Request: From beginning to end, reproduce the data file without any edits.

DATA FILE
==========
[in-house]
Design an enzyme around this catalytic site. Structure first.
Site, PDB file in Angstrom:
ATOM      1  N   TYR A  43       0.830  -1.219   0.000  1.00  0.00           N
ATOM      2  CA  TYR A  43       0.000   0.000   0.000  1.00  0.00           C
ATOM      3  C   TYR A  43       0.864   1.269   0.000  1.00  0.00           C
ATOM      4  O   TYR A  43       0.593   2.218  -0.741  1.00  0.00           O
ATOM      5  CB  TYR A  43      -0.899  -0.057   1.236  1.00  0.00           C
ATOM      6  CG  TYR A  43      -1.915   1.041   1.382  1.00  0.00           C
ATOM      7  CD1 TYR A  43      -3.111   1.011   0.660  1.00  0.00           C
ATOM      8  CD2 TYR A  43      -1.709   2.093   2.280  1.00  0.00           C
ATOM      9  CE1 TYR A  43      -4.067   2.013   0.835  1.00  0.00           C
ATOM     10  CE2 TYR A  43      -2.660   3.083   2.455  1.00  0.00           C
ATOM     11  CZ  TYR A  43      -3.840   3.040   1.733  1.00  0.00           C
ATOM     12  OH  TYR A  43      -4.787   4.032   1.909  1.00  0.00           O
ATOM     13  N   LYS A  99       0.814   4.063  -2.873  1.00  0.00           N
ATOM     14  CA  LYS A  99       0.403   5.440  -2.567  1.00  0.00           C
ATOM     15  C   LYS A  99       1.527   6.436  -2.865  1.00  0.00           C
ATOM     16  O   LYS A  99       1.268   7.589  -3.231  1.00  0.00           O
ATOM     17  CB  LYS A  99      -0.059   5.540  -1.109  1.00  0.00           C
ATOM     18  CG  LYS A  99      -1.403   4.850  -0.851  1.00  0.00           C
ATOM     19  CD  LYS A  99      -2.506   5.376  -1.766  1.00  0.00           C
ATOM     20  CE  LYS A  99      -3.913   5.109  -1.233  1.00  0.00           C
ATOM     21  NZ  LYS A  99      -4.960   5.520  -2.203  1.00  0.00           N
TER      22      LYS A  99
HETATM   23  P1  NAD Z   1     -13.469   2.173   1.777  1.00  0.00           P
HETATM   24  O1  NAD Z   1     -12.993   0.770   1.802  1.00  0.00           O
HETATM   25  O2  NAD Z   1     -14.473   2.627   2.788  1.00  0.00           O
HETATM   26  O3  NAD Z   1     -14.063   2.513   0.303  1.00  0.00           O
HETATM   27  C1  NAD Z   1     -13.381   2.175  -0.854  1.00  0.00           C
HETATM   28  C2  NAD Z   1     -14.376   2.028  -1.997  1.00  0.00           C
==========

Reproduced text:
[in-house]
Design an enzyme around this catalytic site. Structure first.
Site, PDB file in Angstrom:
ATOM      1  N   TYR A  43       0.830  -1.219   0.000  1.00  0.00           N
ATOM      2  CA  TYR A  43       0.000   0.000   0.000  1.00  0.00           C
ATOM      3  C   TYR A  43       0.864   1.269   0.000  1.00  0.00           C
ATOM      4  O   TYR A  43       0.593   2.218  -0.741  1.00  0.00           O
ATOM      5  CB  TYR A  43      -0.899  -0.057   1.236  1.00  0.00           C
ATOM      6  CG  TYR A  43      -1.915   1.041   1.382  1.00  0.00           C
ATOM      7  CD1 TYR A  43      -3.111   1.011   0.660  1.00  0.00           C
ATOM      8  CD2 TYR A  43      -1.709   2.093   2.280  1.00  0.00           C
ATOM      9  CE1 TYR A  43      -4.067   2.013   0.835  1.00  0.00           C
ATOM     10  CE2 TYR A  43      -2.660   3.083   2.455  1.00  0.00           C
ATOM     11  CZ  TYR A  43      -3.840   3.040   1.733  1.00  0.00           C
ATOM     12  OH  TYR A  43      -4.787   4.032   1.909  1.00  0.00           O
ATOM     13  N   LYS A  99       0.814   4.063  -2.873  1.00  0.00           N
ATOM     14  CA  LYS A  99       0.403   5.440  -2.567  1.00  0.00           C
ATOM     15  C   LYS A  99       1.527   6.436  -2.865  1.00  0.00           C
ATOM     16  O   LYS A  99       1.268   7.589  -3.231  1.00  0.00           O
ATOM     17  CB  LYS A  99      -0.059   5.540  -1.109  1.00  0.00           C
ATOM     18  CG  LYS A  99      -1.403   4.850  -0.851  1.00  0.00           C
ATOM     19  CD  LYS A  99      -2.506   5.376  -1.766  1.00  0.00           C
ATOM     20  CE  LYS A  99      -3.913   5.109  -1.233  1.00  0.00           C
ATOM     21  NZ  LYS A  99      -4.960   5.520  -2.203  1.00  0.00           N
TER      22      LYS A  99
HETATM   23  P1  NAD Z   1     -13.469   2.173   1.777  1.00  0.00           P
HETATM   24  O1  NAD Z   1     -12.993   0.770   1.802  1.00  0.00           O
HETATM   25  O2  NAD Z   1     -14.473   2.627   2.788  1.00  0.00           O
HETATM   26  O3  NAD Z   1     -14.063   2.513   0.303  1.00  0.00           O
HETATM   27  C1  NAD Z   1     -13.381   2.175  -0.854  1.00  0.00           C
HETATM   28  C2  NAD Z   1     -14.376   2.028  -1.997  1.00  0.00           C